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Mass General West
Tuesday, February 8, 2011
Read about three patients who have benefitted from the Food Allergy Center's services.
Food allergies are becoming more and more common. Approximately 15 million Americans suffer from allergies to popular foods such as milk, eggs, peanuts, wheat, soy and tree nuts such as walnuts, almonds and cashews. With the hope of making a long-term impact in the field, The Food Allergy Center at Massachusetts General Hospital (MGH) and MassGeneral Hospital for Children (MGHfC) has been established to diagnose and treat known and suspected cases of food allergies. Offering clinical care, patient education, patient support groups and clinical and basic research, the center is open to both children and adults.
“Our center is multidisciplinary in the sense that we have allergists, gastroenterologists, psychologists and nutritionists all involved to meet the needs of kids and adults with food allergies,” says Wayne Shreffler, MD, PhD, director of the Food Allergy Center at MGH/MGHfC. “We provide a broad array of clinical services specializing in both IgE mediated food allergies (the most common form associated with immediate reactions), and non IgE-mediated food allergies. We have a special clinic devoted to the care of patients with eosinophilic esophagitis (EE), and also have extensive research efforts that are focused on understanding and finding better treatments for those same conditions.”
Continuity of Care
The Food Allergy Center is one of the few in the United States that provides care to both kids and adults with allergies.
“The center has been created to overlap between pediatric care and adult allergy,” says Aidan Long, MD, the clinical director of Allergy at MGH. “As the prevalence of the number of patients with food allergies increases in childhood, then as those children are growing older, we can provide them a continuity of care so that they can stay within the same institution using the same approach to diagnosis and treatment as has been used to in the pediatric service.”
“In our field of allergy, when we train, we are trained in both adult and pediatric medicine,” adds Paul Hesterberg, MD, an allergist/immunologist. “The Food Allergy Center is a combined program where physicians from both sides are able to integrate our approach, so what we are doing on the pediatric side is the same on the adult side.” Gastrointestinal Conditions Patients suffering from gastrointestinal conditions such as EE, manifested by their body’s response to food allergies, can find appropriate care within the center.
“We have gastroenterologists, psychologists, allergists and nutritionists within the Center,” says Qian Yuan, MD, PhD, a pediatric gastroenterologist. “I primarily take care of children with EE and other symptoms associated with food allergies in general.”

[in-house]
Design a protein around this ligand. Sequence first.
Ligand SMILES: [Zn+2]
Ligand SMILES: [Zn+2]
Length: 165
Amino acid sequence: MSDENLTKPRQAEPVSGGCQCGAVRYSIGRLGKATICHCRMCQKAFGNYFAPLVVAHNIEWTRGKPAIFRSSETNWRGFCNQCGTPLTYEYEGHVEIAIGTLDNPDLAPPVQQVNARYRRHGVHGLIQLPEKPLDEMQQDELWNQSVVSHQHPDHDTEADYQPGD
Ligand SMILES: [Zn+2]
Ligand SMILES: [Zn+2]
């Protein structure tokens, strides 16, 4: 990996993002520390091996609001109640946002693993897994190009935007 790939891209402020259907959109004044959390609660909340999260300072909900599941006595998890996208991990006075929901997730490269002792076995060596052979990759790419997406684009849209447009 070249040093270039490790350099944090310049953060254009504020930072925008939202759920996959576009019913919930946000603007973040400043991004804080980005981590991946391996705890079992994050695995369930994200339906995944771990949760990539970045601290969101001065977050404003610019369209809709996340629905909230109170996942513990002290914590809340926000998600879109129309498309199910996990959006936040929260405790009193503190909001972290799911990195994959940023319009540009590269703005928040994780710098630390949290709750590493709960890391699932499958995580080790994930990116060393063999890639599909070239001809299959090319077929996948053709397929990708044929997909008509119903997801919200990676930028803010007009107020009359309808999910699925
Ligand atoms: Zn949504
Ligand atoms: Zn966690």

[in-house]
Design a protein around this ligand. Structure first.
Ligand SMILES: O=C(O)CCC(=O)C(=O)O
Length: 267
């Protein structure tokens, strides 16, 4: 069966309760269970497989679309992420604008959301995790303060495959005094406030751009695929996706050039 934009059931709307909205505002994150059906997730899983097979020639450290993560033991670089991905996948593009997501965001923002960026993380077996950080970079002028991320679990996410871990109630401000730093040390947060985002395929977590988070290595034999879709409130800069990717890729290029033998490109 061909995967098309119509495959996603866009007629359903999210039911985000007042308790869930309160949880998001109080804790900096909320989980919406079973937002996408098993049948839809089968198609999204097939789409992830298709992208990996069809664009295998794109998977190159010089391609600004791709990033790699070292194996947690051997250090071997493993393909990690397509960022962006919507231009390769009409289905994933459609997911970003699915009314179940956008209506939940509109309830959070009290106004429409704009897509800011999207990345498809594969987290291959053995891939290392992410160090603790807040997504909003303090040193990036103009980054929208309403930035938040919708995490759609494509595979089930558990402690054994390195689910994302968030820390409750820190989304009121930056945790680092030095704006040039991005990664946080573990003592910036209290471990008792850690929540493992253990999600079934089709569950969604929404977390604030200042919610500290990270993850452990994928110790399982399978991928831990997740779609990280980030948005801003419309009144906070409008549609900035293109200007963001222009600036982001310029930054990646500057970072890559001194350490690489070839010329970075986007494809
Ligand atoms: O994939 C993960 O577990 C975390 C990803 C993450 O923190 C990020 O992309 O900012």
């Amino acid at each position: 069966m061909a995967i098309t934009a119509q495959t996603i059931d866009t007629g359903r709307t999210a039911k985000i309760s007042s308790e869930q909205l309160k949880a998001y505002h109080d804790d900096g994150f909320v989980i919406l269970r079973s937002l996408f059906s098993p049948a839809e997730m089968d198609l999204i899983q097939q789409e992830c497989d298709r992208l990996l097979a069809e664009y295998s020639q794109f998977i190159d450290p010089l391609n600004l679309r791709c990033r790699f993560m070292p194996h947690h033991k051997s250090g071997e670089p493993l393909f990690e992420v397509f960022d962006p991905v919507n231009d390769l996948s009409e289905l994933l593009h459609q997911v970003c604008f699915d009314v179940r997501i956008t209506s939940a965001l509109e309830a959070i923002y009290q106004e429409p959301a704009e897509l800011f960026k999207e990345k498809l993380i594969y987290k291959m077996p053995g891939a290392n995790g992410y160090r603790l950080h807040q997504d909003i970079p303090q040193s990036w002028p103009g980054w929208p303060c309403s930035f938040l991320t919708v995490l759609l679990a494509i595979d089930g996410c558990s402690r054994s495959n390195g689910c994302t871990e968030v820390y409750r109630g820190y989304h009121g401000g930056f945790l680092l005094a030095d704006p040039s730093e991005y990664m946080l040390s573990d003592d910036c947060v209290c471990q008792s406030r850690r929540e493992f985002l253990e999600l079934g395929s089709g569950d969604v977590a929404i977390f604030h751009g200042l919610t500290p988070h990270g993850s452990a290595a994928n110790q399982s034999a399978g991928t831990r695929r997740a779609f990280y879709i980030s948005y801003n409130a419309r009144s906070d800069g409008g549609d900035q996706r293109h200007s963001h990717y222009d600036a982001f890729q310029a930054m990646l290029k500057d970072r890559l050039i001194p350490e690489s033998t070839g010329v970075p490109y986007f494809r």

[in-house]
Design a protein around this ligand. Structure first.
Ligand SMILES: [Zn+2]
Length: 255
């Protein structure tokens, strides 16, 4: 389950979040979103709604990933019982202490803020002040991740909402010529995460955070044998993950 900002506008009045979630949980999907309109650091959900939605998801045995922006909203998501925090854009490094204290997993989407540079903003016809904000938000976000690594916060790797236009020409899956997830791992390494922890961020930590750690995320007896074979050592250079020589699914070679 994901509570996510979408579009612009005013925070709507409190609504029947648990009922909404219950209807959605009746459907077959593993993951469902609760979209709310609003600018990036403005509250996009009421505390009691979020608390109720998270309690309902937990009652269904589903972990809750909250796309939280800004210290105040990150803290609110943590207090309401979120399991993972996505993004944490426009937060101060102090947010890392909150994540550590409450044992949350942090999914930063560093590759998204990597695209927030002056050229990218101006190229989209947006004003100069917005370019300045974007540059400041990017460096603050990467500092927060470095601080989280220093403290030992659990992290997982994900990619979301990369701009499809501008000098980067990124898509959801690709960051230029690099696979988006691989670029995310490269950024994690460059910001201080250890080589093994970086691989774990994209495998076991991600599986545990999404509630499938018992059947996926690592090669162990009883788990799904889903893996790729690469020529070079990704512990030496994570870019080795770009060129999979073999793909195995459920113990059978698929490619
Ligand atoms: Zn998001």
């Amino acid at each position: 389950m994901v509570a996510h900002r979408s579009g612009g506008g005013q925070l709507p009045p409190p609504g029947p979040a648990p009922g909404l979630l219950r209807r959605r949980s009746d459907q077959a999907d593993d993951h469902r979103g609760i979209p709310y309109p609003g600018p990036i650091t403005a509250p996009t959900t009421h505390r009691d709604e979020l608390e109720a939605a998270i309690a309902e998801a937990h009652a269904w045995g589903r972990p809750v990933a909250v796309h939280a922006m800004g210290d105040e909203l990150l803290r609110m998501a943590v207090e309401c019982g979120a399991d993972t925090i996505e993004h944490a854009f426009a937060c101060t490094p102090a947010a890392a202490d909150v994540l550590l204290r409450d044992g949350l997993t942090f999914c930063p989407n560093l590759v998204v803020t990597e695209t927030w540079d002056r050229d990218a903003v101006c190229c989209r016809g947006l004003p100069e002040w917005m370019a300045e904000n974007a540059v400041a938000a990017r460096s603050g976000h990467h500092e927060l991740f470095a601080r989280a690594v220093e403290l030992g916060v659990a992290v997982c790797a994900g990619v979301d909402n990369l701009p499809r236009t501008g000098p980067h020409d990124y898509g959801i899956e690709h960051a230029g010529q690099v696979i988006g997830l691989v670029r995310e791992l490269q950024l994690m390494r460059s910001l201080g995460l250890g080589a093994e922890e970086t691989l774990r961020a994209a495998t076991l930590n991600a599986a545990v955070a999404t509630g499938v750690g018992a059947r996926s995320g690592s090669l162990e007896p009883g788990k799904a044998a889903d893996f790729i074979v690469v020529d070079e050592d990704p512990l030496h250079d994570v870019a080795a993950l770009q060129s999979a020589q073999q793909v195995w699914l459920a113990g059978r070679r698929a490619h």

In addition, the center provides treatments for food protein induced entercolitis, allergic colitis, atopic dermatitis and other disorders related to allergies.
Providing Relief from Anxiety
Anxiety in children suffering from allergies is a common symptom. Fortunately, Nancy Rotter, PhD, a pediatric psychologist, can provide the help those children might need.
“Children with food allergies may experience accidental exposures to the foods that they are allergic to, resulting in symptoms that are frightening to them. A child’s anxiety may be further heightened if he or she requires treatment with epinephrine and a trip to the Emergency Room,” says Rotter. “My role is to help children take charge of their anxiety while remaining cautious about contact with the foods that they are allergic to, with the goal of living full, normal lives. I also help parents cope with the normal worries that accompany developmental transitions, such as entering school, in which children are spending more time outside of their parent’s care.”
The Food Allergy Center is also unique in that it supports a broad array of research projects in the field. Jolan Walter, MD, PhD, an allergist/immunologist, is particularly interested in B-cell dysregulation and related diseases that affect children. “We believe that early B-cell defect may contribute to these children actually developing food allergies, and as the immune system matures, these allergies might come under control,” says Walter. “Some of the clinical trials will focus on the B-cell repertoire and how the B-cells mature and change as the child grows and gets older.”
“We have a few research protocols, including an oral immunotherapy trial for children 7-21 years old with peanut allergies,” says Shreffler. “The goal is to protect people against accidental reactions, but also to learn what is necessary to really induce true tolerance so that they could eventually have peanuts with no reactions.”
Similar studies for older adolescents and adults with milk allergy are also forthcoming, along with research protocols for EE attempting to identify less invasive means of following response to treatment, and perhaps immunotherapy to treat multiple allergies at the same time.
“Our patients really like this concept of a one-stop shop,” says Shuba Iyengar, MD, MPH, an allergist/immunologist. “They are able to see multiple specialists in one area, and because we are all seeing the same patient at the same center, we are able to talk to each other about the diagnosis and treatment quite easily.”
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